We don’t know what the data are yet, but DREAMM-2 falls on the heels of a promising set of data delivered 5 months ago for DREAMM-1. There investigators noted that complete responses among treatment-resistant patients rose to 15% in the extra year’s worth of data to look over, with a median progression-free survival rate of 12 months, up from 7.9 months reported earlier. The median duration of response was 14.3 months.

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UP­DAT­ED: An em­bold­ened As­traZeneca splurges $95M on a pri­or­i­ty re­view vouch­er. Where do they need the FDA to hus­tle up?

AstraZeneca is in a hurry.

We learned this morning that the pharma giant — not known as a big spender, until recently — forked over $95 million to get its hands on a priority review voucher from Sobi, otherwise known as Swedish Orphan Biovitrum.

That marks another step down on price for a PRV, which allows the holder to slash 4 months off of any FDA review time.

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Bob Smith, Pfizer

Pfiz­er is mak­ing a $500M state­ment to­day: Here’s how you be­come a lead play­er in the boom­ing gene ther­a­py sec­tor

Three years ago, Pfizer anted up $150 million in cash to buy Bamboo Therapeutics in Chapel Hill, NC as it cautiously stuck a toe in the small gene therapy pool of research and development.

Company execs followed up a year later with a $100 million expansion of the manufacturing operations they picked up in that deal for the UNC spinout, which came with $495 million in milestones.

And now they’re really going for it.

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Video: Putting the AI in R&D — with Badhri Srini­vasan, Tony Wood, Rosana Kapeller, Hugo Ceule­mans, Saurabh Sa­ha and Shoibal Dat­ta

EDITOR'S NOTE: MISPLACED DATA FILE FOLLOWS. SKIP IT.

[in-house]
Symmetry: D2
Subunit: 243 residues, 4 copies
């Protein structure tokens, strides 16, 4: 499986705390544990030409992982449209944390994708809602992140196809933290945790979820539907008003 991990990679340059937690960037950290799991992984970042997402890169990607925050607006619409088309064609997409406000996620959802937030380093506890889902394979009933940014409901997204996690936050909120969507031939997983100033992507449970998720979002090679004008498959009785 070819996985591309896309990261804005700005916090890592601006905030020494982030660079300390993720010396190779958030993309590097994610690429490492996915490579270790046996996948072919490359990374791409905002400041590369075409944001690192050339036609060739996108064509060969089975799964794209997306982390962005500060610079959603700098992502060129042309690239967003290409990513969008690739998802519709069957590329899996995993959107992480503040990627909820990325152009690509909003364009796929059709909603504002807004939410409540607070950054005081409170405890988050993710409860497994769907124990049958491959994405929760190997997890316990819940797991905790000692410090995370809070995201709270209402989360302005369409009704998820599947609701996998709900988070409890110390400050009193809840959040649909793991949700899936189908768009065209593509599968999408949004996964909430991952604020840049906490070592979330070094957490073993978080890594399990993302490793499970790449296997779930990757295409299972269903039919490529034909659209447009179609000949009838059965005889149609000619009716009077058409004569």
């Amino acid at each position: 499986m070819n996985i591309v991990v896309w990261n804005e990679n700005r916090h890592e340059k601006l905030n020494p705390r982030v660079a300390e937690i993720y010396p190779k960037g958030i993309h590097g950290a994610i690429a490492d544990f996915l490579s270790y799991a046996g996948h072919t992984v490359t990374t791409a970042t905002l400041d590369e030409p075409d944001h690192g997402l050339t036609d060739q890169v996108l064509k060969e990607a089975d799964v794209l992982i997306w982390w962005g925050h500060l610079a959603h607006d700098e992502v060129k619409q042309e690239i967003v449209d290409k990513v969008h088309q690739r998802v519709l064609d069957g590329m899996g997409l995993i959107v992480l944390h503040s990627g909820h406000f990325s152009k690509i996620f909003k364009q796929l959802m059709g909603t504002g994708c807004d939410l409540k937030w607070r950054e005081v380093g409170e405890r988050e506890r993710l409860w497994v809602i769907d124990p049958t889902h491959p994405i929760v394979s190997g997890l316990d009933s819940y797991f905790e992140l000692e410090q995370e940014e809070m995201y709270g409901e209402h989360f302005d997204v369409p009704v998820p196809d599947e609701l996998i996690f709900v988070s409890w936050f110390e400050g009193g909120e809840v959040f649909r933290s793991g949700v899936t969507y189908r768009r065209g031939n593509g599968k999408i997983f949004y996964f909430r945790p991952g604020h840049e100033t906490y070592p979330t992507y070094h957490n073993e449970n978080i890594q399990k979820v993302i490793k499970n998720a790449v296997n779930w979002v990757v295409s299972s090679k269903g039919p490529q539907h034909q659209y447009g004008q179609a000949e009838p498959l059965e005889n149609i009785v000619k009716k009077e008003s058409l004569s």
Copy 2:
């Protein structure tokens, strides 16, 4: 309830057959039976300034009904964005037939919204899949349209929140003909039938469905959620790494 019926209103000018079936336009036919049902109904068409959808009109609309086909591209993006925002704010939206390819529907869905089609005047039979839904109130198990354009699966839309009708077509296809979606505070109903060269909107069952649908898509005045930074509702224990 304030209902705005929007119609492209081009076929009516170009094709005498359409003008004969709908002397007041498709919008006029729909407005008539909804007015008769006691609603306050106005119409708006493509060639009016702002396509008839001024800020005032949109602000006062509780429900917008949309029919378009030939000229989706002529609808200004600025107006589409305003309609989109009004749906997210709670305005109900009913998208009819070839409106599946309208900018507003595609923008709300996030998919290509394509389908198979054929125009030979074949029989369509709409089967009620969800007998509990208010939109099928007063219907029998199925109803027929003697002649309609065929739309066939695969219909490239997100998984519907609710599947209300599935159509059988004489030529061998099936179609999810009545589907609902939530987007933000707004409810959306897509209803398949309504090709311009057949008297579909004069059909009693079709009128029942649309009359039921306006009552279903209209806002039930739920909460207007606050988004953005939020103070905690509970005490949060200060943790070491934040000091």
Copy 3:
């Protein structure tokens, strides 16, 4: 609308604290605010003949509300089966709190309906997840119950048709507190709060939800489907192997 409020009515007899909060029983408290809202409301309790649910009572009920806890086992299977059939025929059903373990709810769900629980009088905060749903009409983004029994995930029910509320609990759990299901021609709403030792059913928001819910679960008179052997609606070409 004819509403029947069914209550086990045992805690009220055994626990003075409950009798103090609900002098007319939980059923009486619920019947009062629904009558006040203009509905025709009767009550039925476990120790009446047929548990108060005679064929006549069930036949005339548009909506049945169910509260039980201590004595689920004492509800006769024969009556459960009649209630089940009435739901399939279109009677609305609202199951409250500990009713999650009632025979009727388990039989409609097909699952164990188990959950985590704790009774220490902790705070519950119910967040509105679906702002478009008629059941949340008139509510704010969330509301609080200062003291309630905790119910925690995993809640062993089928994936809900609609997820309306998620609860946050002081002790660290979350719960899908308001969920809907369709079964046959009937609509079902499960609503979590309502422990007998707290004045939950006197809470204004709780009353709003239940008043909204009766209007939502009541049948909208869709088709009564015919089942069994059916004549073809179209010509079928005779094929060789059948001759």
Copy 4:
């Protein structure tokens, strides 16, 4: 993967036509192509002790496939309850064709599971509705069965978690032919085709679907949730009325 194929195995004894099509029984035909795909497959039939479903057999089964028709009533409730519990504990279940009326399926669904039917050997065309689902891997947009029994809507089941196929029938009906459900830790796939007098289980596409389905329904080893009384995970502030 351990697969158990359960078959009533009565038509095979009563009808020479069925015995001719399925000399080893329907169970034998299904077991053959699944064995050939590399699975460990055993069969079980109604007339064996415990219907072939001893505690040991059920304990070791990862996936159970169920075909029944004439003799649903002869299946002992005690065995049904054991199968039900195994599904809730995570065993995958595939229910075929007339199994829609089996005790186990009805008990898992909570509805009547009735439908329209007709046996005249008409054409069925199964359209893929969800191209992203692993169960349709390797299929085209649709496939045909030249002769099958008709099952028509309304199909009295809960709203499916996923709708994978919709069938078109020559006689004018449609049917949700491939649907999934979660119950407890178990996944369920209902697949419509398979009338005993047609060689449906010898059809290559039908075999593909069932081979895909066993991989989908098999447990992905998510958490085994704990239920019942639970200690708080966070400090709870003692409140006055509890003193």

During BIO this year, I had a chance to moderate a panel among some of the top tech experts in biopharma on their real-world use of artificial intelligence in R&D. There’s been a lot said about the potential of AI, but I wanted to explore more about what some of the larger players are actually doing with this technology today, and how they see it advancing in the future. It was a fascinating exchange, which you can see here. The transcript has been edited for brevity and clarity. — John Carroll

As­traZeneca’s Imfinzi/treme com­bo strikes out — again — in lung can­cer. Is it time for last rites?

AstraZeneca bet big on the future of their PD-L1 Imfinzi combined with the experimental CTLA-4 drug tremelimumab. But once again it’s gone down to defeat in a major Phase III study — while adding damage to the theory involving targeting cancer with a high tumor mutational burden.

Early Wednesday the pharma giant announced that their NEPTUNE study had failed, with the combination unable to beat standard chemo at overall survival in high TMB cases of advanced non-small cell lung cancer. We won’t get hard data until later in the year, but the drumbeat of failures will call into question what — if any — future this combination can have left.

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Why would Am­gen want to buy Alex­ion? An­a­lysts call hot­ly ru­mored takeover un­like­ly, but seize the mo­ment

A rumor that Amgen is closing in on buyout deal for Alexion has sparked a guessing game on just what kind of M&A strategy Amgen is pursuing and how much Alexion is worth.

Mizuho analyst Salim Syed first lent credence to the report out of the Spanish news outlet Intereconomía, which said Amgen is bidding as much as $200 per share. While the source may be questionable, “the concept of this happening doesn’t sound too crazy to me,” he wrote.